News - Skoda
Skoda to push past 8000 annual sales with Karoq
Karoq puts Skoda Australia on pace for third successive annual sales record
25 Jun 2018
SKODA Australia is this year on pace for its third successive annual sales record, partly thanks to the introduction of its critical Karoq small-size SUV that faces initial supply restraints.
Speaking to GoAuto this week at the Karoq national media launch in New South Wales, Skoda Australia general manager of corporate communications Paul Pottinger revealed that while this year’s supply of the segment-straddling high-rider is better than expected, it is still limited to just 700 units.
“We grabbed all the ones we could get. Initially we didn’t think we’d get as many as (700) – it’s the worldwide thing,” he said.
“Yes, (it’s) compounded by recent (WLTP emission regulations) issues, but also the fact that Skoda is doing brilliantly globally – and we’re a microcosm of that.”
When questioned what the sales projection would be for the Karoq if supply was not an issue, Mr Pottinger revealed that expectations are high for Skoda Australia’s entire model line-up, despite supply issues from last year continuing to affect the Kodiaq large SUV and Fabia light hatch.
“Skoda’s going to this year surpass 6000 (sales in Australia) for the first time – that’s a 20 per cent increase over last year. It’s remarkable,” he said.
“Skoda can very comfortably – particularly with everything online – be an (8000 units)-a-year brand here … if we’ve got everything we want at the moment.
“You’ve got to remember it’s got to where it has at the moment on the back of unfashionable cars like wagons and big sedans, so it’s completely bucked the trend.”
To the end of May this year, Skoda Australia has sold 2162 vehicles – a 13.1 per cent increase over the 1911 registrations during the same period in 2017 – with the Octavia mid-size car leading the charge with 770 sales (up 4.6 per cent).
The Rapid small hatch (141 units, up 0.7 per cent) is the company’s only other model to record growth in 2018, while the Superb large car (379 units, down 1.8 per cent) and Fabia (260 units, down 48.2 per cent) have both taken a hit.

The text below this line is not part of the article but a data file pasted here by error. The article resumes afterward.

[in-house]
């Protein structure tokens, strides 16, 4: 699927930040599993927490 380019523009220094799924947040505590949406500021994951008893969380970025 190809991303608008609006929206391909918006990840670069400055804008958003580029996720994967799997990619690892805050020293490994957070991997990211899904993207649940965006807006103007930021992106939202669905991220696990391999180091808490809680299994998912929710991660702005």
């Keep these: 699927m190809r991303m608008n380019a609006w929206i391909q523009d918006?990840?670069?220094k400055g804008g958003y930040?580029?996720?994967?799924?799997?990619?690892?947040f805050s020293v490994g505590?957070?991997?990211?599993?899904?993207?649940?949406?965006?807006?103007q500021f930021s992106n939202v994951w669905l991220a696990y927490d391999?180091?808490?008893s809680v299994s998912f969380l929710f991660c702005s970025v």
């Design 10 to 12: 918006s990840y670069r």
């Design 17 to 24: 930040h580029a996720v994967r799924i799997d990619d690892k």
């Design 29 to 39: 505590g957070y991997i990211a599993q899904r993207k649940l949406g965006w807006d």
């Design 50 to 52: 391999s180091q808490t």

Nonetheless, while the Yeti small SUV and Octavia Scout mid-size SUV have finally departed the line-up after recording no sales this year, the Kodiaq in its first full year of availability, has added almost quadruple the volume lost from the pair, at 580 units.
Mr Pottinger explained that the introduction of less-quirky SUV models, such as Kodiaq and Karoq 12 months apart, is key to Skoda Australia’s anticipated growth, which would follow its 2016 and 2017 annual sales records of 5350 and 4760 units respectively.
“SUVs are going to broaden it out. This is (Skoda’s) second mainstream SUV. Obviously, it is Kodiaq junior, but this is an even bigger segment. And there is no reason not to buy this and every reason to buy it,” he said.
Mr Pottinger added that the Karoq – launched with a single 110TSI turbo-petrol variant – will not be solely responsible for the extra 3000 sales Skoda Australia needs to eventually push its annual volume past 8000 units.
“As the SUV mix increases – remember this is only the first variant of Karoq, there’ll be another next year, and the year after that there’ll be a smaller-class SUV – (so will sales),” he said.
As previously reported, the aforementioned small SUV will likely be based on the Vision X concept outed at the Geneva motor show in March this year, while the Karoq’s second variant will feature 140kW of power and all-wheel drive.
When questioned if to would be reasonable to expect the Karoq to soon surpass the Octavia and become Skoda Australia’s best-selling model, Mr Pottinger said: “I think so. It’s in the growth segment.
“This is the thing – (parent company Volkswagen Group Australia) as a whole, they just haven’t had enough SUVs. And the success that we’ve enjoyed as a group in the last three or four years has been built on passenger vehicles.”
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